A ministry of Interior report on drug crimes in the first six months of this year said 16,307 people were identified as suspects, 8,911 were detained for trafficking and other offences, 5,306 users were successfully treated and released from rehabilitation centres, while 3,193 addicts continue to receive treatment.
The report emphasised that none who were arrested for only using drugs had been jailed.
“As global and regional drug production and trafficking trends continue to grow and become more sophisticated, Cambodia continues to be affected by the flow of drugs into the country by land, air and sea.
“In the first half of this year, large-scale drug cases were found and cracked down along the northeast border and in the west and east of the country,” the report said.
Lim Tong Huot, the director of the National Authority for Combating Drug’s (NACD) Legislation, Education and Rehabilitation Department, told The Post on Monday that the NACD had urged anti-drug units in the capital and provinces to strengthen their efforts and create a coordination committee for the treatment of drug addicts in communes and districts.
“When the police find drugs addicts, they consider them to be victims. The police cooperate with parents and guardians to enable addicts to receive treatment and rehabilitation at state-run centres based in the provinces,” he said.
The Ministry of Health has expanded the number of community-based drug treatment centres to 431, Tong Huot said.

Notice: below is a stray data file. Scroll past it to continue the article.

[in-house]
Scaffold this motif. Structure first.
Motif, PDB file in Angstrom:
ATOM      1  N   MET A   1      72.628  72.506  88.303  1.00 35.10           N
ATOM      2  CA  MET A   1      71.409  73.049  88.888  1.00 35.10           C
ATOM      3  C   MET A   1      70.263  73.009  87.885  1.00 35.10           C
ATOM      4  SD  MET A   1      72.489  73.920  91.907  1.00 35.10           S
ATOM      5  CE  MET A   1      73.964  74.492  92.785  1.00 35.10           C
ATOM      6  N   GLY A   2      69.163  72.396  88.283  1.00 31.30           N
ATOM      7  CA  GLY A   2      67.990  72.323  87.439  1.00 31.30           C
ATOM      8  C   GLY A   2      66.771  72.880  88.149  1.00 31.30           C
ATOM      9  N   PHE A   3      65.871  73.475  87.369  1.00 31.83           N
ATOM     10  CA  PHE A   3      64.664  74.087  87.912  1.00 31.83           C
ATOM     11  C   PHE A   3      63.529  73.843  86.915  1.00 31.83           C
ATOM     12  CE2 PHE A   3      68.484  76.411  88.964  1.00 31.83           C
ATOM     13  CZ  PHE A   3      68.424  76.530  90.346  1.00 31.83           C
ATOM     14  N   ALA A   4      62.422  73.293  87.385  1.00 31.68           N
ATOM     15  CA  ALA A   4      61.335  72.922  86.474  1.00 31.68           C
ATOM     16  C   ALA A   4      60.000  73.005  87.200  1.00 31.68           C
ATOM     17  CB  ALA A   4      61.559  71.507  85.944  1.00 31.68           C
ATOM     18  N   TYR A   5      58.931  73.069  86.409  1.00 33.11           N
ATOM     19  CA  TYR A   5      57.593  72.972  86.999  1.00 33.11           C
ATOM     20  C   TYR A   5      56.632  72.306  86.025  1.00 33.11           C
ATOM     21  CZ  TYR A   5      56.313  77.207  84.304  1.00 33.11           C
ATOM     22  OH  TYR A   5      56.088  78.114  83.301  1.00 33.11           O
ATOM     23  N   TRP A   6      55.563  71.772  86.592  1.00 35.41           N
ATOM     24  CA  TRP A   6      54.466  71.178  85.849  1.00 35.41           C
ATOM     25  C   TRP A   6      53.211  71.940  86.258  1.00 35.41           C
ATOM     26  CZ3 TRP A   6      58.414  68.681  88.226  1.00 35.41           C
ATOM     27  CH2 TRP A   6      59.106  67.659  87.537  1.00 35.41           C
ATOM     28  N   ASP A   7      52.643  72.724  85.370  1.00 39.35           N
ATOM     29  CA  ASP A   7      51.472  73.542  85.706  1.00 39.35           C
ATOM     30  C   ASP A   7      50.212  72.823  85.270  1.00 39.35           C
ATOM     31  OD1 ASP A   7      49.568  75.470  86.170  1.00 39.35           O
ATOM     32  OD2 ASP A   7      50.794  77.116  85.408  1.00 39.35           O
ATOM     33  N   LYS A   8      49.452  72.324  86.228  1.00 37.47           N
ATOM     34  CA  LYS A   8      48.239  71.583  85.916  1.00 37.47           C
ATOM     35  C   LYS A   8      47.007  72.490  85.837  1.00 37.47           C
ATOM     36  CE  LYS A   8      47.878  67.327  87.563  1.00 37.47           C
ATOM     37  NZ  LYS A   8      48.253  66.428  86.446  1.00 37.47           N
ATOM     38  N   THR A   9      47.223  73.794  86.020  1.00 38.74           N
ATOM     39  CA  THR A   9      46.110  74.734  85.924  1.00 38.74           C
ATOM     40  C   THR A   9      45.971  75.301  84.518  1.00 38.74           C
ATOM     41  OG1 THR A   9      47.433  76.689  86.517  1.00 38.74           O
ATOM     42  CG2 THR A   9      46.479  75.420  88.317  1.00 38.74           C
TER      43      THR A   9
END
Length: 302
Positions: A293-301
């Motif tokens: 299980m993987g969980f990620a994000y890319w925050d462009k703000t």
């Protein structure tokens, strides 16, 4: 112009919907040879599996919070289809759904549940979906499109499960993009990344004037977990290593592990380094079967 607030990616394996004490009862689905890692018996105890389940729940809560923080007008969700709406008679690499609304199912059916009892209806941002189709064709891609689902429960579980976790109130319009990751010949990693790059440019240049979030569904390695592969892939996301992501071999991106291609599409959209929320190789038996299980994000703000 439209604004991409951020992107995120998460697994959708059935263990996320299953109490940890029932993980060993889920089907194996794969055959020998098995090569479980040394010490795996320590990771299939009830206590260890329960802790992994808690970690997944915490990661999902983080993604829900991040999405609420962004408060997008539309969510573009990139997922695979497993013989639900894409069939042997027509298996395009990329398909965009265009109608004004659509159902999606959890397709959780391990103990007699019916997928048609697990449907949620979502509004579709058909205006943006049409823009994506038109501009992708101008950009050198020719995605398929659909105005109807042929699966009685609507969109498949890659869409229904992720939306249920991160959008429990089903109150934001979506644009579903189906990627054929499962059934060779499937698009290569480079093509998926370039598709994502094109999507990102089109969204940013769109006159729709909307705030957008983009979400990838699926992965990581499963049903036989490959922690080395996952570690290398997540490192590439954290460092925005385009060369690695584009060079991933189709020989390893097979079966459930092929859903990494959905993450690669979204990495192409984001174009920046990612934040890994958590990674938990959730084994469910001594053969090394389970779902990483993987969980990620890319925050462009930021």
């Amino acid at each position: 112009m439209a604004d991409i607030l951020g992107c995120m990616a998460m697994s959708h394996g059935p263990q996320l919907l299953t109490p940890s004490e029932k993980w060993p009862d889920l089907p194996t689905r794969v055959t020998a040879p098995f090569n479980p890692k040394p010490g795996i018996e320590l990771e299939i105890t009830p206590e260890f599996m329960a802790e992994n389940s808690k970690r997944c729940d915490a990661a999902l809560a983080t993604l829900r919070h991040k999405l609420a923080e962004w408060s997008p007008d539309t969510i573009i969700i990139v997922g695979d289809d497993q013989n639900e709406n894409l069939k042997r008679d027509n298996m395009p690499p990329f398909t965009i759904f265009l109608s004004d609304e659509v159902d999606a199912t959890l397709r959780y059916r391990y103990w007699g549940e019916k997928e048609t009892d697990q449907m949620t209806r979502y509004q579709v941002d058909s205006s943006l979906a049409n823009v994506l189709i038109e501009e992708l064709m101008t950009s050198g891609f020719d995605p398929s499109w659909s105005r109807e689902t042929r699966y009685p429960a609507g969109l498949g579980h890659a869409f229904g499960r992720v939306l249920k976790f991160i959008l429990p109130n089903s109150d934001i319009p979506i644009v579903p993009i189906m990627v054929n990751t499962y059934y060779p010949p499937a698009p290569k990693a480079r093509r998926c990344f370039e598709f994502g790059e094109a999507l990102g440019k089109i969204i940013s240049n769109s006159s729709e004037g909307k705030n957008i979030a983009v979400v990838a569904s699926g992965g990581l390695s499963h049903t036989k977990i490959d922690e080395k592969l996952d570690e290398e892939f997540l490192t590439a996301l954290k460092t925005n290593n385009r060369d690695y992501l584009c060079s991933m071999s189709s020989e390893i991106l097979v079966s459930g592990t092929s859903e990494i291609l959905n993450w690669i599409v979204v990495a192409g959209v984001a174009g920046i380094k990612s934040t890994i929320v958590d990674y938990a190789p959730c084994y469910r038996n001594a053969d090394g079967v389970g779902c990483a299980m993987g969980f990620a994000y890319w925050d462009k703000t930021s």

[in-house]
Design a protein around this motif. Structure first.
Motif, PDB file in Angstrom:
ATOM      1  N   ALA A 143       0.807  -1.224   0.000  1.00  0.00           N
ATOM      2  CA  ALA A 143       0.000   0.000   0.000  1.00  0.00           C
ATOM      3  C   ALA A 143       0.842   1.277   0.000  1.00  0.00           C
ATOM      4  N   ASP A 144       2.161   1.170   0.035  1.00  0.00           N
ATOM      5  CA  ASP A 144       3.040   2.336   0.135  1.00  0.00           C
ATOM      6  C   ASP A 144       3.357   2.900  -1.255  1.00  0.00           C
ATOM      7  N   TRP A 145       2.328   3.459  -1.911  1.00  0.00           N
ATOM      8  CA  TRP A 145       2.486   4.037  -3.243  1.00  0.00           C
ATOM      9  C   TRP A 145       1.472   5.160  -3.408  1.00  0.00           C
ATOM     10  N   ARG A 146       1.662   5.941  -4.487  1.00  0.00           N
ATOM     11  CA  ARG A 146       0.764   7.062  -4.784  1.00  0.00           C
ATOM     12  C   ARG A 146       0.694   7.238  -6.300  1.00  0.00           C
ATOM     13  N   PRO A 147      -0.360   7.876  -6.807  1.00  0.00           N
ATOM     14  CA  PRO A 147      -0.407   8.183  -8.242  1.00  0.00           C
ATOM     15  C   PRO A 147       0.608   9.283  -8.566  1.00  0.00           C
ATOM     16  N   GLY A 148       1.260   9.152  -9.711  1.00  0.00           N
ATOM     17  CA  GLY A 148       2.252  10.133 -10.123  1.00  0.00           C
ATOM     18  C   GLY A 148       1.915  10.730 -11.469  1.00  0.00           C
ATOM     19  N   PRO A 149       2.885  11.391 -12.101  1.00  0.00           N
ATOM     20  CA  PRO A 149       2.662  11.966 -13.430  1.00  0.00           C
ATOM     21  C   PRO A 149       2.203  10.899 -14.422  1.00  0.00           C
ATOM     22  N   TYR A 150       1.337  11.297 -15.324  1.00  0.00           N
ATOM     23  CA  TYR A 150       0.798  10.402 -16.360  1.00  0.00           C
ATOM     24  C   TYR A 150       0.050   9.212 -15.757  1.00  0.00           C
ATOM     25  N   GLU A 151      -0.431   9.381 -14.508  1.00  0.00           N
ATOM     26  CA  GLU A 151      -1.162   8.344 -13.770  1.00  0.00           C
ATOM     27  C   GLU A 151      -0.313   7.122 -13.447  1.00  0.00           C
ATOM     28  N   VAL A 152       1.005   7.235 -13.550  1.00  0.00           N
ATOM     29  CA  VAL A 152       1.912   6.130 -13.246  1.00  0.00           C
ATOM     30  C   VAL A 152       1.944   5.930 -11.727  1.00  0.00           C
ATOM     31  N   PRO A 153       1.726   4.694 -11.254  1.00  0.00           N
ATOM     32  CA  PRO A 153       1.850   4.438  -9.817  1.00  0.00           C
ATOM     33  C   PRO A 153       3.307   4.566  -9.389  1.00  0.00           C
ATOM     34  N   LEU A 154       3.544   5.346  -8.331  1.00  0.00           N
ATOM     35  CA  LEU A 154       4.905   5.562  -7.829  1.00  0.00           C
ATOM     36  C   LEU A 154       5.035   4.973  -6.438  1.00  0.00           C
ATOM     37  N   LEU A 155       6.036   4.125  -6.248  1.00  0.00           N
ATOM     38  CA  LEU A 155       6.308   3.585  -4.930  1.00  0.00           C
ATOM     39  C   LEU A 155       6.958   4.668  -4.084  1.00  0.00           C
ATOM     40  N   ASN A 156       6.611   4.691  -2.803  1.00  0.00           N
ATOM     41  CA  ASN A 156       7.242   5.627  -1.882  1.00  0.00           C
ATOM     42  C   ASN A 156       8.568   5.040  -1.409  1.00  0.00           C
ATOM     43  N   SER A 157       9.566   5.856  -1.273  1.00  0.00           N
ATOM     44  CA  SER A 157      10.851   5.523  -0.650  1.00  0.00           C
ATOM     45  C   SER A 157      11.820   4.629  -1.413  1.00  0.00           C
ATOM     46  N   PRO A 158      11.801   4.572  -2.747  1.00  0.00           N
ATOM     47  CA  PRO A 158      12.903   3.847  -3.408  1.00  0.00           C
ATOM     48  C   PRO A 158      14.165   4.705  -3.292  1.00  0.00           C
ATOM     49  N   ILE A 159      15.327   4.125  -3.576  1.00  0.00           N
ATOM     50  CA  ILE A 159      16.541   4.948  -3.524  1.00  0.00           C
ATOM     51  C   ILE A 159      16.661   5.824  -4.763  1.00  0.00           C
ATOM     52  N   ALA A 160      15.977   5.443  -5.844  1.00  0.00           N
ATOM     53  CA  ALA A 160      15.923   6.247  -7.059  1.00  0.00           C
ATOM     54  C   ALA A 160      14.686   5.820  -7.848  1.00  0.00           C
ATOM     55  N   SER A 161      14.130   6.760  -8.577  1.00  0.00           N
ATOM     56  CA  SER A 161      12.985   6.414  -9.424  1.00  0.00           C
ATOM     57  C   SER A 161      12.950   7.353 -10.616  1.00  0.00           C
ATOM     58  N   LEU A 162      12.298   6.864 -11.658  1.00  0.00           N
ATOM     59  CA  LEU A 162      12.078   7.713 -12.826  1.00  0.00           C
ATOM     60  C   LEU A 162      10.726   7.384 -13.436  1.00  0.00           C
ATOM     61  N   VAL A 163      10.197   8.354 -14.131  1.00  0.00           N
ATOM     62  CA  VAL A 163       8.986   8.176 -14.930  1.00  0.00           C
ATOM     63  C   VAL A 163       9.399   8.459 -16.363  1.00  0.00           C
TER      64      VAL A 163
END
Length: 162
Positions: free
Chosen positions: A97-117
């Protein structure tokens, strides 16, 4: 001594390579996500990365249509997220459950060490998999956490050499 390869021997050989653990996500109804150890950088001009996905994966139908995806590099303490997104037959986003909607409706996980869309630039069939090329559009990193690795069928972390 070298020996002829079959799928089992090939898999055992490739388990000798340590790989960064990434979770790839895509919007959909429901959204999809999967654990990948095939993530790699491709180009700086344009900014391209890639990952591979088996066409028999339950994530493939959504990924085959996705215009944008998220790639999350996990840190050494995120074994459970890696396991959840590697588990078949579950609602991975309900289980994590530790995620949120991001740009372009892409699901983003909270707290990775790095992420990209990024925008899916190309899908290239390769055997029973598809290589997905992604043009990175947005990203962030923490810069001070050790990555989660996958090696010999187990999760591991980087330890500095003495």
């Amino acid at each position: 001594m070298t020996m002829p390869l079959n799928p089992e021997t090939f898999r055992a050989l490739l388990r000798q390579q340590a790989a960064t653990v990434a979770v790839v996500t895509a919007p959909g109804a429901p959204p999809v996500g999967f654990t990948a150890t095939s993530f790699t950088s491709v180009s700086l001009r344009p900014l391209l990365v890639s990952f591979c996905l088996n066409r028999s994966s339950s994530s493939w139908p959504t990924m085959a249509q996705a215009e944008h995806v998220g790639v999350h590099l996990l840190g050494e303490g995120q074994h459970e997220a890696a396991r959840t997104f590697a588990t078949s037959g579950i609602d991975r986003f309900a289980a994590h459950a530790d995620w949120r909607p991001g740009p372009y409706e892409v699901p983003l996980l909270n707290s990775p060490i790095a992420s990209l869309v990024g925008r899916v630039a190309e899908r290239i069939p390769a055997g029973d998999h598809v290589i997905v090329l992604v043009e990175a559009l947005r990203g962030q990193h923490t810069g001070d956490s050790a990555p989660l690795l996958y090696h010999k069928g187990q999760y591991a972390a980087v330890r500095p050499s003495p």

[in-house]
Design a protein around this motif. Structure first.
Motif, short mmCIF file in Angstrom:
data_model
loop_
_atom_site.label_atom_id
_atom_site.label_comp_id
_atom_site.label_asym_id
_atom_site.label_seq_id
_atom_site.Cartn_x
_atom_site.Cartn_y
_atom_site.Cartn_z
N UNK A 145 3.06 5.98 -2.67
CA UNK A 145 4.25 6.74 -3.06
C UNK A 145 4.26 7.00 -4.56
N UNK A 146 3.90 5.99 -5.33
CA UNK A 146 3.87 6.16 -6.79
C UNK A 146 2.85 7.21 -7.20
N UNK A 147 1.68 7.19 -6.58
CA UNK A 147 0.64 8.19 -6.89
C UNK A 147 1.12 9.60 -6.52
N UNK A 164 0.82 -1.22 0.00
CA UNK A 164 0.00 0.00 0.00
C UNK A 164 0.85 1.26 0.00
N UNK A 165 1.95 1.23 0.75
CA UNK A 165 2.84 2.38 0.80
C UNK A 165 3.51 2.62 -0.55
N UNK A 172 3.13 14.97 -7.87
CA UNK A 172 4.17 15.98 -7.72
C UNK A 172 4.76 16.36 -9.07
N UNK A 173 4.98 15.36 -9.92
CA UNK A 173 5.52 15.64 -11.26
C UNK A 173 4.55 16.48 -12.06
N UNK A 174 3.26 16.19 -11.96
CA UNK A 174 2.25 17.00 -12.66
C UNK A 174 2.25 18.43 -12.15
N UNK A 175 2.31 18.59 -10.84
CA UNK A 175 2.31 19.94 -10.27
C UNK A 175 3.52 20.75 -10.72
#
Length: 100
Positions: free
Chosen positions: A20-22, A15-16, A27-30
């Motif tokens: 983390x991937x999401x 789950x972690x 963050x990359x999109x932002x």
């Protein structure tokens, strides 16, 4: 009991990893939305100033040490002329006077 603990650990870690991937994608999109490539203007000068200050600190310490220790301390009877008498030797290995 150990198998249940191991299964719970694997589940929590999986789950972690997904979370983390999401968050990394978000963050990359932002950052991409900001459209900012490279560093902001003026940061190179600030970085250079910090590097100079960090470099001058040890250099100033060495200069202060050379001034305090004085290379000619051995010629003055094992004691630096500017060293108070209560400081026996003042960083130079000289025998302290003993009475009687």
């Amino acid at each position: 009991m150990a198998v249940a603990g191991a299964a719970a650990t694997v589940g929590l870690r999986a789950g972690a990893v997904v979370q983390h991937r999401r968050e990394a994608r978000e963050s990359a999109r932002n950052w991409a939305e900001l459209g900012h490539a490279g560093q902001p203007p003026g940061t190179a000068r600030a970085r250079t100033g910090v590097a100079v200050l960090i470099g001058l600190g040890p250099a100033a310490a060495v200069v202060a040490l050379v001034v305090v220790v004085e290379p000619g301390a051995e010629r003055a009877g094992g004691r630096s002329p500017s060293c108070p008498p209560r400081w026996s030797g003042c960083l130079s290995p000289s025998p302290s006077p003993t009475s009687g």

Of those, he said, two are located in national hospitals, 24 in provincial hospitals, 73 in referral hospitals and 332 in health centres.
At a meeting on Thursday with Gloria Lai, the Asia regional director for the International Drug Policy Consortium, NACD secretary-general Meas Virith said Cambodia had busted thousands of criminals transporting and dealing drugs and sent many of them to court for criminal prosecution.
“Many have been imprisoned but no drug users have been jailed because the government has treated drug addicts as victims who need to be treated and rehabilitated free of charge,” he said.
The ministry’s report said that anti-drug police broken 4,175 drugs cases in the first six months of this year – an increase of nine per cent on the same period last year.
It also detained 8,911 people, up 17 per cent, and seized 341kg of illegal drugs – a 135 per cent increase from last year.
It said there were 337 more cases than the 3,838 in the first six months of last year. And of the 4,175 drug cases, 2,531 involved traffickings, 1,624 were for consumption, 19 for growing drugs and one involved illegal production.
Some 13 nationalities were detained, the report said, with Cambodian nationals numbering 8,724, including 624 women.
Of 187 foreign nationals, including 40 women who were held, 92 were Vietnamese, of which 30 were women, and 63 were Chinese nationals, including eight women.
There were 11 Thai nationals, including two women, six Laotian, three Nigerian, two Norwegian, two Romanian, two Russian, two Taiwanese, a Dutch, an Indonesian, a South Korean and a Turkish national as well.
“Cambodia has clear-cut measures and no addict is left alone. They must receive treatment at health centres or hospitals in their community free of discrimination,” Virith said.
Ministry of Social Affairs, Veterans and Youth Rehabilitation spokesman Touch Channy said addicts were supervised at the centres by police and Military Police personnel, but the authorities faced difficulties.
“We continue to rehabilitate and treat victims of drug addiction. The first step is to detoxify them of drugs, and then they do exercises and other activities in the centres. Finally, we train them in life skills,” he said.
Am Sam Ath, the deputy director of monitoring at human rights organisation Licadho, said drug treatment centres seemed to have improved but were not yet up to standard.
“We would like to make further adjustments to rehabilitation centres and bring their treatment to a higher level,” he said.
Despite the government’s policy of providing such services for free, he said some parents were still paying for treatment.